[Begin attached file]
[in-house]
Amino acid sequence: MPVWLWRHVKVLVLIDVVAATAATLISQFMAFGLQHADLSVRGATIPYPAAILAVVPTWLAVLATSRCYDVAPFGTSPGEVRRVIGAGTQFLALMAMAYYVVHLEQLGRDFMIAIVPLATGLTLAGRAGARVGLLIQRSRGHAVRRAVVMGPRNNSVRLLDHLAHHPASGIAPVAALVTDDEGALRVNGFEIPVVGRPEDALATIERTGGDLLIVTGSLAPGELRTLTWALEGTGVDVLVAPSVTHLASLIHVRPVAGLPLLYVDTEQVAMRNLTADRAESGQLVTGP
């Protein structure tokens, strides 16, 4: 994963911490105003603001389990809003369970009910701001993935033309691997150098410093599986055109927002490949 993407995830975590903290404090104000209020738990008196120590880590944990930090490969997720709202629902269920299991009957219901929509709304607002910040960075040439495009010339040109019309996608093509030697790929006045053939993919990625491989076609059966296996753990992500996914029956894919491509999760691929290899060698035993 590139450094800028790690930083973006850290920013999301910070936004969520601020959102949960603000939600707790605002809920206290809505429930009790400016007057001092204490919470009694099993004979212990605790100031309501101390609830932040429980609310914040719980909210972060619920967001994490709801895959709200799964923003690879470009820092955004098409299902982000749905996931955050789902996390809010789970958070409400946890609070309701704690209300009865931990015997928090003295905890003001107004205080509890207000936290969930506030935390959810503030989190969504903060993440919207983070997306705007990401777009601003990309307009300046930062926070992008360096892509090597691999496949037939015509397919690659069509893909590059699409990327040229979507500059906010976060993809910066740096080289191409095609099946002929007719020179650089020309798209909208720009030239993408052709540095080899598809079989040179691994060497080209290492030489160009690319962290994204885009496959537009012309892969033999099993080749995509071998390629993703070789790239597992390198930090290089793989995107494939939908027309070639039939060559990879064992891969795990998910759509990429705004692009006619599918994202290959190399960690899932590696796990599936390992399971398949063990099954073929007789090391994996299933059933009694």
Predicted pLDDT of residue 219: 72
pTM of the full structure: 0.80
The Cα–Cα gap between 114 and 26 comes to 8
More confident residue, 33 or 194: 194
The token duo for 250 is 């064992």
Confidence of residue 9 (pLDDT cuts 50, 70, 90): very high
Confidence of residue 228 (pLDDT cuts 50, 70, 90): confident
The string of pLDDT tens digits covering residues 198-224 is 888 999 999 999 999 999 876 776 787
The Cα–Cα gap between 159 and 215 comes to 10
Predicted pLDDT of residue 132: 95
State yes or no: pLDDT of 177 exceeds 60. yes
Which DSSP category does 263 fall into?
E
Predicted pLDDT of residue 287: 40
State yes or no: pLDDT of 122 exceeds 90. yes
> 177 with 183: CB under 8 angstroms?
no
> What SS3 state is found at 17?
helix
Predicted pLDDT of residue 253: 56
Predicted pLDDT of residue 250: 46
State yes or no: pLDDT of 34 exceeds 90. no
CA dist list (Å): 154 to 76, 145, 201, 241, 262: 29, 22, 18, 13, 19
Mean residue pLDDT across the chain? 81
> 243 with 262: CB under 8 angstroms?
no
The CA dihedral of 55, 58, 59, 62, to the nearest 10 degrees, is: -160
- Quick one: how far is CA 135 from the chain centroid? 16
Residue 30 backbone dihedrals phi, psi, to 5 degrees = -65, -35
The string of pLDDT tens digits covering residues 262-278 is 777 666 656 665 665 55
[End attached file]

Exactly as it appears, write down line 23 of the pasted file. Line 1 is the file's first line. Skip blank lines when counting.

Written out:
Predicted pLDDT of residue 253: 56